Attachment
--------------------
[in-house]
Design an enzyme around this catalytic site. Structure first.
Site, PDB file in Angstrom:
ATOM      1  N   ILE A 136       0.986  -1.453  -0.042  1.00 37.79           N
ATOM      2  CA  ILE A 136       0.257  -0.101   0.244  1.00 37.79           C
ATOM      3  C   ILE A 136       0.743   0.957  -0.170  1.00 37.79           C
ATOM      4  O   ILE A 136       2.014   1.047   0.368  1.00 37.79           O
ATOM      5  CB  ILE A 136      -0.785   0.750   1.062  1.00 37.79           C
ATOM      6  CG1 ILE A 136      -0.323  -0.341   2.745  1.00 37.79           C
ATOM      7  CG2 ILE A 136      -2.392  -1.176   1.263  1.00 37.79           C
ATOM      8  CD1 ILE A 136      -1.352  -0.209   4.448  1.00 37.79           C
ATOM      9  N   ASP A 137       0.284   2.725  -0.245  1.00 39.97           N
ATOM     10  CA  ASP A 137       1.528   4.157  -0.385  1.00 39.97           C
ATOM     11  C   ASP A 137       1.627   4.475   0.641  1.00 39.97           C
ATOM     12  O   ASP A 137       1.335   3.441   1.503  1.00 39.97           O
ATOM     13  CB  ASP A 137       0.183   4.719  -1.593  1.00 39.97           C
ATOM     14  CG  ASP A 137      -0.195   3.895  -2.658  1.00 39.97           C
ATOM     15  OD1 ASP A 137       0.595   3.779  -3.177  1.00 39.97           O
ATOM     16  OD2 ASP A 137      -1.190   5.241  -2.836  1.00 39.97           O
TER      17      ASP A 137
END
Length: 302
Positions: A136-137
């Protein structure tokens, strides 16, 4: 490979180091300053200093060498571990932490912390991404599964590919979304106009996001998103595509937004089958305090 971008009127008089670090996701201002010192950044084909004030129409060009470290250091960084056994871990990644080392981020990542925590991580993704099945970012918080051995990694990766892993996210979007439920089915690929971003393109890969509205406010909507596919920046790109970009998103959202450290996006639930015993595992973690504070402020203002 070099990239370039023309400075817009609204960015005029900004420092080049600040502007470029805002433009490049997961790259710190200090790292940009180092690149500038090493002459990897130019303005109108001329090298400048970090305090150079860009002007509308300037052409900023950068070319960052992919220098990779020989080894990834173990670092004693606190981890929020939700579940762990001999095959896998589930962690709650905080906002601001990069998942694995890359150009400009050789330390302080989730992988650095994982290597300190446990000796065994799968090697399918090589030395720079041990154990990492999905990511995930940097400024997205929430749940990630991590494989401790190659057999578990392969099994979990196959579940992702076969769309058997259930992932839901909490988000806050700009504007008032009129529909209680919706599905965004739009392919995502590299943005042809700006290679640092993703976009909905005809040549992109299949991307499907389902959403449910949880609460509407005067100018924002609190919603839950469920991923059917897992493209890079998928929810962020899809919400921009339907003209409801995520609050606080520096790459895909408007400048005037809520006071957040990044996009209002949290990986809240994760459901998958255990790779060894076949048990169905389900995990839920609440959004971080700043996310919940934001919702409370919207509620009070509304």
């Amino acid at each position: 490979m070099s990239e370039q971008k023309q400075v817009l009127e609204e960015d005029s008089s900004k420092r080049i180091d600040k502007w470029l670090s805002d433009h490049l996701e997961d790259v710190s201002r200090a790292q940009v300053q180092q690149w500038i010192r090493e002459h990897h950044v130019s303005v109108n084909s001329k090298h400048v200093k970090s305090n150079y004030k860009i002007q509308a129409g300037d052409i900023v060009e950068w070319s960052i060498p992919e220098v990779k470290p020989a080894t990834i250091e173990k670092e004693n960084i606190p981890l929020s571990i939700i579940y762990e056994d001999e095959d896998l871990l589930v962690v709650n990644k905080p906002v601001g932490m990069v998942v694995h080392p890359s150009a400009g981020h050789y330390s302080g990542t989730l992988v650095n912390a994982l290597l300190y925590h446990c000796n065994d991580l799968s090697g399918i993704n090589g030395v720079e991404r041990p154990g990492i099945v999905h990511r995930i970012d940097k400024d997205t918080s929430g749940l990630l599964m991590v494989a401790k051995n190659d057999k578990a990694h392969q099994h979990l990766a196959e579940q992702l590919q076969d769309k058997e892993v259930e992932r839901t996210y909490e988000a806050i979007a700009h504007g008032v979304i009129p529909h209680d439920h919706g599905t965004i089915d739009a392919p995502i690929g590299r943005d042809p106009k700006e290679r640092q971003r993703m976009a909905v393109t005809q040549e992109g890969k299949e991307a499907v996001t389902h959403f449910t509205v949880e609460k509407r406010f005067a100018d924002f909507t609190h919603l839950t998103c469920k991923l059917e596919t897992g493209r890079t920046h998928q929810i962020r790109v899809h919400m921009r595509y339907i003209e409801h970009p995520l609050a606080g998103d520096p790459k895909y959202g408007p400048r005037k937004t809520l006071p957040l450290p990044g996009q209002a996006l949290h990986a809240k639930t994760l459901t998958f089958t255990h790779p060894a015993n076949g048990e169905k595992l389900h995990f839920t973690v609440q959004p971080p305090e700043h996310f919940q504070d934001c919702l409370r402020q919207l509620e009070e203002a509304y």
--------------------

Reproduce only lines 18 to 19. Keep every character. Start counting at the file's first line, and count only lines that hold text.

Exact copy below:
ATOM     15  OD1 ASP A 137       0.595   3.779  -3.177  1.00 39.97           O
ATOM     16  OD2 ASP A 137      -1.190   5.241  -2.836  1.00 39.97           O